Instagram’s unmentionable problem
By Mark Hurst • December 6, 2023
In this week’s Techtonic episode, “What tech is hiding,” I covered recent instances of tech companies being caught doing something that they wanted to keep hidden. For example, in a story many people have heard by now, Sports Illustrated was found to be cooking up fake journalists – with fake names, fake bios, and fake headshots – in order to pretend that the AI-generated content posted under their byline was actual sports journalism. As Futurism (which broke the story) pointed out, S.I. was hardly alone: CNET, Bankrate, Gizmodo, BuzzFeed, and USA Today have all been caught trying to slip AI glop onto their sites. As shameful as the practice is, it is pretty widespread in online media and is likely to increase.
You can listen to the show, and explore the episode links, below:
• More Techtonic episodes at techtonic.fm
But I want to reveal more than the embarrassing AI gaffes of online media companies. In the category of “things the tech companies really don’t want to talk about,” there’s one ongoing news story that is especially disturbing. It’s a problem at Facebook and Instagram that their parent company, Meta, would undoubtedly prefer to remain unmentioned.
Meta Is Struggling to Boot Pedophiles Off Facebook and Instagram, write Jeff Horwitz and Katherine Blunt in the Wall Street Journal (Dec 1, 2023). The platforms’ “algorithms continue to promote problematic content” on Facebook and Instagram by connecting “a web of accounts devoted to the creation, purchasing and trading of underage-sex content.”
According to research by the Canadian Centre for Child Protection, and the Wall Street Journal’s own team:
[A] network of Instagram accounts with as many as 10 million followers each has continued to livestream videos of child sex abuse months after it was reported to the company. Facebook’s algorithms have helped build large Facebook Groups devoted to trading child sexual abuse content.
The Facebook algorithm, which recommends groups for people to join, was in the news a couple of years ago when it encouraged users to join racist hate groups. Now this. The Journal article describes a public Facebook group “celebrating incest.” I won’t repeat the details – they’re sickening, and you can read them in the article. What’s pertinent here is Facebook’s response to complaints about groups like this:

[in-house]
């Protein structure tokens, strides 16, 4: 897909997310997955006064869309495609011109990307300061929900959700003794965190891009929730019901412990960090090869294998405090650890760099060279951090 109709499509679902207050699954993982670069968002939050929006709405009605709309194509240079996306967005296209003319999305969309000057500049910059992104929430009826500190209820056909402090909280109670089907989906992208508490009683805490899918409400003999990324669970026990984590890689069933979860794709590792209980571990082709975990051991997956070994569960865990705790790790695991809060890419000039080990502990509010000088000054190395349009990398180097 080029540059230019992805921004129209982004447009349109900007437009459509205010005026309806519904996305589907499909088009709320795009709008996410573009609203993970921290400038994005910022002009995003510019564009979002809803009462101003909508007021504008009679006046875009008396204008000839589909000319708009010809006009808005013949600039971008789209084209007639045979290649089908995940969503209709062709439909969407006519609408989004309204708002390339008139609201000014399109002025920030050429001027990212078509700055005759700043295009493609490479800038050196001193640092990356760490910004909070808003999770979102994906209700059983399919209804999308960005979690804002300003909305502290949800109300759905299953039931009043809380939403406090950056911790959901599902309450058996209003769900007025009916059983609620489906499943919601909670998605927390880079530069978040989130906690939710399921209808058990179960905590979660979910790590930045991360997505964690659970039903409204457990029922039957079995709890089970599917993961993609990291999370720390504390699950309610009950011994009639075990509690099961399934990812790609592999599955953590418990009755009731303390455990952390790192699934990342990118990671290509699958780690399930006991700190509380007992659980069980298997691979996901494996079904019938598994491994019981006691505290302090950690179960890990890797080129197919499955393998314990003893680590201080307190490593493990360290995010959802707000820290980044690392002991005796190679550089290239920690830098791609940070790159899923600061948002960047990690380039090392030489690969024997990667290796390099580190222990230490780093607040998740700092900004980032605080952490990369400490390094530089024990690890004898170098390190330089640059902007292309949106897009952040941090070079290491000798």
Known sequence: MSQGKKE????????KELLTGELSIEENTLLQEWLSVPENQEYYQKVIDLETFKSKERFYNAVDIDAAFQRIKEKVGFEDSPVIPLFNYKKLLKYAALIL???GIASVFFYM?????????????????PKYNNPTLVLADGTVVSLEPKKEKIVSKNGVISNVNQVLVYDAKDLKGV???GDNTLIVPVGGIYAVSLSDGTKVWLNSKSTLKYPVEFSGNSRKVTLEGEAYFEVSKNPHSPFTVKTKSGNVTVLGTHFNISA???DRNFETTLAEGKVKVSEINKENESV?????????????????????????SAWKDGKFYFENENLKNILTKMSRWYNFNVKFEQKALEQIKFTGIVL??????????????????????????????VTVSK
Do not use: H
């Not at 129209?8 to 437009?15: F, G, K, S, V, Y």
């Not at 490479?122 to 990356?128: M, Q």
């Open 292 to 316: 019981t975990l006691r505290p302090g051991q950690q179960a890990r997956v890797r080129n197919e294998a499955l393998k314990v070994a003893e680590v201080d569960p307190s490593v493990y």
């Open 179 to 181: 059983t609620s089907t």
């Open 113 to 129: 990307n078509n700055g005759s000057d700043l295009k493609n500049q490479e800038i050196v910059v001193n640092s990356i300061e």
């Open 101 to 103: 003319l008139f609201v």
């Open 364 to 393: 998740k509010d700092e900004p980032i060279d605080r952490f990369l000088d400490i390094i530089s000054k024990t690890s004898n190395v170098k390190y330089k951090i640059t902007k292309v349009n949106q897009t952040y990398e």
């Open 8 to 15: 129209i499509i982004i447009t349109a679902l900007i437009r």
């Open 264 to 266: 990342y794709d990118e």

When a Journal research account flagged many such groups via user reports, the company often declared them to be acceptable. “We’ve taken a look and found that the group doesn’t go against our Community Standards,” Facebook replied to a report about a large Facebook group named “Incest.”
Instagram, too, works to connect pedophilic accounts. One researcher found a network of Instagram accounts “livestreaming videos of child sex abuse” and reported the activity to Instagram months ago. The result:
more than five months after the network was reported to Meta, accounts affiliated with the network continue to regularly broadcast a mixture of adult pornography, child sexual abuse and bestiality videos, according to separate research by the Canadian Centre for Child Protection.
“We often wonder, ‘Why is it that we can, within minutes, find these massive networks?’” said Leanna McDonald, the center’s president. “Why is no one over there dealing with this?”
None of this is new to Mark Zuckerberg and his team. There’s the story (mentioned above) from December 1, and before that was a story about pedophilia on Instagram on November 27, and even before that was a story on the exact same problem way back on June 7. Leadership at Meta has had no lack of alerts about what their algorithms are promoting. But apart from taking down some individual accounts, the problems continue unabated on Facebook and Instagram. To echo Leanna McDonald: Why?
The answer, of course, is money. Near the end of the Journal article is this sentence:
Meta employs outside contractors to help moderate content.
In a way, it’s the same problem faced by the content companies above. Algorithms drive costs down, while humans drive costs up. A team of trained, full-time content moderators could knock out the pedophilia problem in weeks or even days, but it would cost Zuckerberg some precious margin. The stock price might take a dip. Better to lay off child-safety specialists (which Zuckerberg did) and outsource the problem to contractors in Mumbai (which he also did).
Spokespeople at Meta have issued statements saying the company is working on a fix at the “highest levels” – much like Zuckerberg has pledged, how many times?, that he wants his company to do better. Meantime the problem continues, and Meta keeps its margins up.
As I said on the show on Monday, I honestly don’t understand how Meta is allowed to stay in business. Compare it with Juul, a company that marketed addictive vape sticks to teenagers: you can read my Juul article roundup and see how the company was all but sued out of existence. Compare that to what’s happening at Meta: Instagram creates an addictive product marketed to teens, and they knowingly (and illegally) allow kids under 13 onto the service – see Natasha Singer’s NYT story from Nov 25 – and the company allows networks of pedophilic accounts to continue operating – and all this on top of Facebook’s history of allowing human trafficking.
I wish the internet had turned out better than this. But this is the internet we have, and the first step toward a fix is to put this “unmentionable” problem into the spotlight. Listen to the Techtonic episode. Share this column. Spread the word. Mark Zuckerberg has allowed the worst possible use of the internet to proliferate on his services, all in the name of protecting a stock price. It has to stop.
Until next time,
Mark Hurst, founder, Creative Good – see our services or join as a member
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